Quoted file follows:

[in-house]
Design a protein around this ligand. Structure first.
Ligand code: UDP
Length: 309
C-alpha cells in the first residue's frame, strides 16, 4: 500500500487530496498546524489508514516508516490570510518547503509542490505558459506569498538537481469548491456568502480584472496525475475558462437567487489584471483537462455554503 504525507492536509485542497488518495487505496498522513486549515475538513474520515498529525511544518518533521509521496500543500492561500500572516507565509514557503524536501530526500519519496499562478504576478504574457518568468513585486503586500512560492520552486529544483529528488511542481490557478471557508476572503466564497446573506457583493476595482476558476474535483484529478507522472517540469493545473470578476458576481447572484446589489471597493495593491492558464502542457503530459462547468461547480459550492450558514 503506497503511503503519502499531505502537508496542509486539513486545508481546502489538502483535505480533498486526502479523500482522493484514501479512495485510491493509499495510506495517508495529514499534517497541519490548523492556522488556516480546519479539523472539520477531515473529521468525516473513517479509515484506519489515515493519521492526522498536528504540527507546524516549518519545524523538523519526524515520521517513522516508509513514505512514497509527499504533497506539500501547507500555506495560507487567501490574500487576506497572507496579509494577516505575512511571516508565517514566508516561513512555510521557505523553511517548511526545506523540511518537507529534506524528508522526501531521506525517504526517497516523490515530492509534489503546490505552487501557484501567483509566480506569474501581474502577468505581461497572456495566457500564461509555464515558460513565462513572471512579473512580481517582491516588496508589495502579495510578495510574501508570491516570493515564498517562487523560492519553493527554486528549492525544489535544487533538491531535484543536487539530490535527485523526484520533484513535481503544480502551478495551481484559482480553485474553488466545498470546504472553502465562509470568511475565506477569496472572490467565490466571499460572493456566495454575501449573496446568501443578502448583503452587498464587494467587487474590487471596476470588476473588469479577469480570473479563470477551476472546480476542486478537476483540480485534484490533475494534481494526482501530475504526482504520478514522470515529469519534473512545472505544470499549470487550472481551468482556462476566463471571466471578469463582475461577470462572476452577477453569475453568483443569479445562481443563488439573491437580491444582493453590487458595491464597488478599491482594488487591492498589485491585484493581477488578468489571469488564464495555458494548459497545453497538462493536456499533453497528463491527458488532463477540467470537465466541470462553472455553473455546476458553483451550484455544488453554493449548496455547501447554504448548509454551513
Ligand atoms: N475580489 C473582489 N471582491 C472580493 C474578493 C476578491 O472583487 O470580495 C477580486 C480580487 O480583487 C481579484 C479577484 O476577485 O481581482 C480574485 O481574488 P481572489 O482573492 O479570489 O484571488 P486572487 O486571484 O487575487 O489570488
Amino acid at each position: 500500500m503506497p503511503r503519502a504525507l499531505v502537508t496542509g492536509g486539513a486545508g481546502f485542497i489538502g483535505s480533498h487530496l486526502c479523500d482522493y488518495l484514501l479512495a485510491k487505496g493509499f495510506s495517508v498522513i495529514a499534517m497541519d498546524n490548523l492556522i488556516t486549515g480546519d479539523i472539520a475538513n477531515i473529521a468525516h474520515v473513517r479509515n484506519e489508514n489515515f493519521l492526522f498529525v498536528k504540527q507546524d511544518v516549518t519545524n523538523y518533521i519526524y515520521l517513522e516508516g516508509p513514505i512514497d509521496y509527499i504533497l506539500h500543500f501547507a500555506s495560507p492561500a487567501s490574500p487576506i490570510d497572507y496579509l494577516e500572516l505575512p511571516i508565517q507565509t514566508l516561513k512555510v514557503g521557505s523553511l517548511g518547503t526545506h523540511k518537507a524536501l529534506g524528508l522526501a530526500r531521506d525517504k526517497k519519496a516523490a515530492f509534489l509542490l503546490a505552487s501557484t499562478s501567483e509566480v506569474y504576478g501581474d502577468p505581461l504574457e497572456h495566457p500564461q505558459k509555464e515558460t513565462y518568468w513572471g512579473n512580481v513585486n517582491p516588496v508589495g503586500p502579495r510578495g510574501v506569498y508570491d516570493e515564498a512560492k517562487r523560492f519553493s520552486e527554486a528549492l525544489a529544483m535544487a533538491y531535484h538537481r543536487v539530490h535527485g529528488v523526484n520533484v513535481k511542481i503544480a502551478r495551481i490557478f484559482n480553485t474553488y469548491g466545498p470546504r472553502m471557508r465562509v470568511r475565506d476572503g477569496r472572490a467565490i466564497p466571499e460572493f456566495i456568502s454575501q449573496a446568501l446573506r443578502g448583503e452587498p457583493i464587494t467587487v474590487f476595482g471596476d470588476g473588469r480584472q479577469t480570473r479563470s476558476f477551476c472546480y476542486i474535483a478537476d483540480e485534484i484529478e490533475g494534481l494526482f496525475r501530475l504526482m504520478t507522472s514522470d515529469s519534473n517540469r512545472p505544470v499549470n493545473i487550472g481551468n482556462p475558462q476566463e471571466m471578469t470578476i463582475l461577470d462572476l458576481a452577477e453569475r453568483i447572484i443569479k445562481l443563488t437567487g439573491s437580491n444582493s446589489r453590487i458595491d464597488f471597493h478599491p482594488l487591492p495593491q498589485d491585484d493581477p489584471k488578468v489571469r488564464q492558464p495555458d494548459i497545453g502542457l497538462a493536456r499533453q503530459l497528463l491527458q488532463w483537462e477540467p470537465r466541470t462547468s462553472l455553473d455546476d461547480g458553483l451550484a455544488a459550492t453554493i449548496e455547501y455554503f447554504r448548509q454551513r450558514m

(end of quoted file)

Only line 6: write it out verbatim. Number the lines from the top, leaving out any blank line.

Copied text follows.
Ligand atoms: N475580489 C473582489 N471582491 C472580493 C474578493 C476578491 O472583487 O470580495 C477580486 C480580487 O480583487 C481579484 C479577484 O476577485 O481581482 C480574485 O481574488 P481572489 O482573492 O479570489 O484571488 P486572487 O486571484 O487575487 O489570488